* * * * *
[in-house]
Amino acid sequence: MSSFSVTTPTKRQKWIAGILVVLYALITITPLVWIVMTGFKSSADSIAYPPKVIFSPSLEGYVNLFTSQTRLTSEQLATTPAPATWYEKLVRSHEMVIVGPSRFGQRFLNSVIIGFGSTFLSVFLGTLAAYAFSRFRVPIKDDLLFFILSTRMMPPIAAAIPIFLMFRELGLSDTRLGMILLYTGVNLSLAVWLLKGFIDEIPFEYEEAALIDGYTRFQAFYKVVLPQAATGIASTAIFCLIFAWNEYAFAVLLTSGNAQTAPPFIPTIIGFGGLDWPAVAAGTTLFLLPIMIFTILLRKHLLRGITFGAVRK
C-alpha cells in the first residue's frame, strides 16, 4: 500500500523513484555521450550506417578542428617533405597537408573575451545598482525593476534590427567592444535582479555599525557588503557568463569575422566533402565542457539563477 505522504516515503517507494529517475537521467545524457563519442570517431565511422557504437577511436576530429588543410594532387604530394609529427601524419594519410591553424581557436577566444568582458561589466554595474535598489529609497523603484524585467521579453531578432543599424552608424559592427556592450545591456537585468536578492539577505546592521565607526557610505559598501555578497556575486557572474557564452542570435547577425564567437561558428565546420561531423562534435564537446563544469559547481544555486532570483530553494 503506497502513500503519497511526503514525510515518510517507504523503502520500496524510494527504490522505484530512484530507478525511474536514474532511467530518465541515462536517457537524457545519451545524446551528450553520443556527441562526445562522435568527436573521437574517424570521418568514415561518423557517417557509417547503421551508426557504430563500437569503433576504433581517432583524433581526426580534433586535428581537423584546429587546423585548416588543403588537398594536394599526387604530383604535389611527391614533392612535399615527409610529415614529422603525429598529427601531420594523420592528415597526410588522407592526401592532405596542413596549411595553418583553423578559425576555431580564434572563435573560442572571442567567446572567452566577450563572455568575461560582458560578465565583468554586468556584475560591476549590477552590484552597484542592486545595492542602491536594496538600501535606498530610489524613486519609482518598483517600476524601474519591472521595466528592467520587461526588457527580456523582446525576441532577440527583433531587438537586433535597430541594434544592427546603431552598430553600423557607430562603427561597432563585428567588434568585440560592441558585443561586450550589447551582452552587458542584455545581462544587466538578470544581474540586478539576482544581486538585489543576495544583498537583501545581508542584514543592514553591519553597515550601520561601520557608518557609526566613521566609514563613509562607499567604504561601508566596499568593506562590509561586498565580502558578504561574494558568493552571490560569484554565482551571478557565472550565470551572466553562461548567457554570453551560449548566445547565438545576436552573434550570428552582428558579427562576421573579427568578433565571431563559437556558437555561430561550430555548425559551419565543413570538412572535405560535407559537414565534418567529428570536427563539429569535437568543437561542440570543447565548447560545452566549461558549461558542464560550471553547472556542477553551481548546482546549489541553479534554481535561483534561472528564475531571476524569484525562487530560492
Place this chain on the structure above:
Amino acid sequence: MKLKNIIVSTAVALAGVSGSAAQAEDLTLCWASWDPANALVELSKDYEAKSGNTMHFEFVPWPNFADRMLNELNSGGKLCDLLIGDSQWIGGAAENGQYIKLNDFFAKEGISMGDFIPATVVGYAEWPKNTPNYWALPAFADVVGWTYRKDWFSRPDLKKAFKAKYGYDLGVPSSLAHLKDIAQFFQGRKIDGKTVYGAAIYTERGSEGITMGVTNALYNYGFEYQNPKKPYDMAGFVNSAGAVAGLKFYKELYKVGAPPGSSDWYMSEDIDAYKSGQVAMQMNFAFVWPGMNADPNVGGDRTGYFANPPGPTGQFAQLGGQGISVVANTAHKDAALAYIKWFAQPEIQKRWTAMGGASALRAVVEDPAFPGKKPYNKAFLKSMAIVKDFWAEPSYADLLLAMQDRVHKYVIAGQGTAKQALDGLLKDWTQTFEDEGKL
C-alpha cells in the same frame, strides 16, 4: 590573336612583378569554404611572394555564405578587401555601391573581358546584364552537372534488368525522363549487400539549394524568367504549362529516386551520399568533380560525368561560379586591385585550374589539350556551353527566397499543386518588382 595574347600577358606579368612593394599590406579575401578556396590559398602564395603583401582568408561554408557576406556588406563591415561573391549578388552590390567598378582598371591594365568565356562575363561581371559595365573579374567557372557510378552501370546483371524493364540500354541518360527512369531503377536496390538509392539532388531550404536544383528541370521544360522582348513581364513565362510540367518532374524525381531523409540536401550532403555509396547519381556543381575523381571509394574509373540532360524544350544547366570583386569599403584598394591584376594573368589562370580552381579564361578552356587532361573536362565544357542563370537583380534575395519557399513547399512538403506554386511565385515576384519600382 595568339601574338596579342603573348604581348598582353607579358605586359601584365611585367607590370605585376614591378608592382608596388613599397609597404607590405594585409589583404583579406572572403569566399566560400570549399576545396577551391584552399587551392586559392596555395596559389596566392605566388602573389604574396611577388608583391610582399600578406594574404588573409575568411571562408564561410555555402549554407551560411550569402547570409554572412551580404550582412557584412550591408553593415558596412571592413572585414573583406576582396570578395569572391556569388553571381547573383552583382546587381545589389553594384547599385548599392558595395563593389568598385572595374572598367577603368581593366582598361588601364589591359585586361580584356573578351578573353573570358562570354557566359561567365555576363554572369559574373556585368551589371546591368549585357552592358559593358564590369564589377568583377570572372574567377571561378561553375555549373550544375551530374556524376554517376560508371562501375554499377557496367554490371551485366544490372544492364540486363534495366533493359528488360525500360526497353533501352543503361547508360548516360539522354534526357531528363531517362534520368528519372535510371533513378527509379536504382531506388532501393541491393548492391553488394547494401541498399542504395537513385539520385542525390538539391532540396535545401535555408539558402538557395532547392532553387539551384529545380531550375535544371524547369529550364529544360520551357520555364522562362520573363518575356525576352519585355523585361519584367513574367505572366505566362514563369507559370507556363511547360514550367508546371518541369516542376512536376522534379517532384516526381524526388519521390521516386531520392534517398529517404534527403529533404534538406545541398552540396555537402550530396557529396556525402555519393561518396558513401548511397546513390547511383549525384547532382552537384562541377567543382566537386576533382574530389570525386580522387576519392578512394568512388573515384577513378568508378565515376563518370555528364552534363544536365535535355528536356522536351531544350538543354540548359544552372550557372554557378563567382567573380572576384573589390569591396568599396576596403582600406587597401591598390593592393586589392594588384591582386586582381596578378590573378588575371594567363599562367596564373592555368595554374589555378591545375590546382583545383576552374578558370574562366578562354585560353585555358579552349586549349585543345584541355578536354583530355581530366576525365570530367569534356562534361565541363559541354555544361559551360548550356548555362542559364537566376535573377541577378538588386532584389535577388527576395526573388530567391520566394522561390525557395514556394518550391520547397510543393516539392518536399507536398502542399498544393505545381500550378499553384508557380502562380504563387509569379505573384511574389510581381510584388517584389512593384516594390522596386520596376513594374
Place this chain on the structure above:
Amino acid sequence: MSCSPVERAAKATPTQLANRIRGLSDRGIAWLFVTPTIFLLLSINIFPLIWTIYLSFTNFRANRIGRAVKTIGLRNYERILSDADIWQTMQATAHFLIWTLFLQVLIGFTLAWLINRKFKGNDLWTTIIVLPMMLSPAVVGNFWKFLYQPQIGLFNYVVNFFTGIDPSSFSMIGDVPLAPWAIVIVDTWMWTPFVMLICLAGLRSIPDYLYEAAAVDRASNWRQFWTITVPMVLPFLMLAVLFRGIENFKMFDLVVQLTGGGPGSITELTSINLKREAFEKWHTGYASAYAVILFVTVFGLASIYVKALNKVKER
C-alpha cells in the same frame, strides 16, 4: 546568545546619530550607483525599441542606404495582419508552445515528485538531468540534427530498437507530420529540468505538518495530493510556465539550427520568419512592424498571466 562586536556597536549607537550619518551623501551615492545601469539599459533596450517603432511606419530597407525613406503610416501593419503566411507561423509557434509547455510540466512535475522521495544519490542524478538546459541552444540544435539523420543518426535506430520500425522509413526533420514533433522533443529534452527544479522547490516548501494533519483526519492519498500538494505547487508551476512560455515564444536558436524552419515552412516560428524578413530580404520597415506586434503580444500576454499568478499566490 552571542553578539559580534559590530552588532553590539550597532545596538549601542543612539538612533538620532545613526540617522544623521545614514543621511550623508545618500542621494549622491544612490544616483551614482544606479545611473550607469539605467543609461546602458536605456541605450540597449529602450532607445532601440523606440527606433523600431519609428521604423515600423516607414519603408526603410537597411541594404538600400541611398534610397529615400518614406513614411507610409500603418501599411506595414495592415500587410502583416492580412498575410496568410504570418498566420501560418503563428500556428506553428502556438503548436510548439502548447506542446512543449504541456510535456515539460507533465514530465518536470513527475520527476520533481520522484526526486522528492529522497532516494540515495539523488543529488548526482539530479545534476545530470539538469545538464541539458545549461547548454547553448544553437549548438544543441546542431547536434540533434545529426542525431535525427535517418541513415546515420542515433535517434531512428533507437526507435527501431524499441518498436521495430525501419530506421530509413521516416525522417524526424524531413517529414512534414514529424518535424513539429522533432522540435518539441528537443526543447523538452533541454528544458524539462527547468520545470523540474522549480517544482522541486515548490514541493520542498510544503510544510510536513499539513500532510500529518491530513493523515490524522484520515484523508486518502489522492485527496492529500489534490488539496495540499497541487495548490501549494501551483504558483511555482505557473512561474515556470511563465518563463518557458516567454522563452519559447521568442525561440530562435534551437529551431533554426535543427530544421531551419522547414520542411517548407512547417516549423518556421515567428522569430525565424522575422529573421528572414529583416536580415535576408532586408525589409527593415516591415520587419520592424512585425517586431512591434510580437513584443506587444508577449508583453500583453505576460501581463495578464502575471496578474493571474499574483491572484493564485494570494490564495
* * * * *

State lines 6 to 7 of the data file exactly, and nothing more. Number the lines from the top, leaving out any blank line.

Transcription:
C-alpha cells in the same frame, strides 16, 4: 590573336612583378569554404611572394555564405578587401555601391573581358546584364552537372534488368525522363549487400539549394524568367504549362529516386551520399568533380560525368561560379586591385585550374589539350556551353527566397499543386518588382 595574347600577358606579368612593394599590406579575401578556396590559398602564395603583401582568408561554408557576406556588406563591415561573391549578388552590390567598378582598371591594365568565356562575363561581371559595365573579374567557372557510378552501370546483371524493364540500354541518360527512369531503377536496390538509392539532388531550404536544383528541370521544360522582348513581364513565362510540367518532374524525381531523409540536401550532403555509396547519381556543381575523381571509394574509373540532360524544350544547366570583386569599403584598394591584376594573368589562370580552381579564361578552356587532361573536362565544357542563370537583380534575395519557399513547399512538403506554386511565385515576384519600382 595568339601574338596579342603573348604581348598582353607579358605586359601584365611585367607590370605585376614591378608592382608596388613599397609597404607590405594585409589583404583579406572572403569566399566560400570549399576545396577551391584552399587551392586559392596555395596559389596566392605566388602573389604574396611577388608583391610582399600578406594574404588573409575568411571562408564561410555555402549554407551560411550569402547570409554572412551580404550582412557584412550591408553593415558596412571592413572585414573583406576582396570578395569572391556569388553571381547573383552583382546587381545589389553594384547599385548599392558595395563593389568598385572595374572598367577603368581593366582598361588601364589591359585586361580584356573578351578573353573570358562570354557566359561567365555576363554572369559574373556585368551589371546591368549585357552592358559593358564590369564589377568583377570572372574567377571561378561553375555549373550544375551530374556524376554517376560508371562501375554499377557496367554490371551485366544490372544492364540486363534495366533493359528488360525500360526497353533501352543503361547508360548516360539522354534526357531528363531517362534520368528519372535510371533513378527509379536504382531506388532501393541491393548492391553488394547494401541498399542504395537513385539520385542525390538539391532540396535545401535555408539558402538557395532547392532553387539551384529545380531550375535544371524547369529550364529544360520551357520555364522562362520573363518575356525576352519585355523585361519584367513574367505572366505566362514563369507559370507556363511547360514550367508546371518541369516542376512536376522534379517532384516526381524526388519521390521516386531520392534517398529517404534527403529533404534538406545541398552540396555537402550530396557529396556525402555519393561518396558513401548511397546513390547511383549525384547532382552537384562541377567543382566537386576533382574530389570525386580522387576519392578512394568512388573515384577513378568508378565515376563518370555528364552534363544536365535535355528536356522536351531544350538543354540548359544552372550557372554557378563567382567573380572576384573589390569591396568599396576596403582600406587597401591598390593592393586589392594588384591582386586582381596578378590573378588575371594567363599562367596564373592555368595554374589555378591545375590546382583545383576552374578558370574562366578562354585560353585555358579552349586549349585543345584541355578536354583530355581530366576525365570530367569534356562534361565541363559541354555544361559551360548550356548555362542559364537566376535573377541577378538588386532584389535577388527576395526573388530567391520566394522561390525557395514556394518550391520547397510543393516539392518536399507536398502542399498544393505545381500550378499553384508557380502562380504563387509569379505573384511574389510581381510584388517584389512593384516594390522596386520596376513594374
Place this chain on the structure above: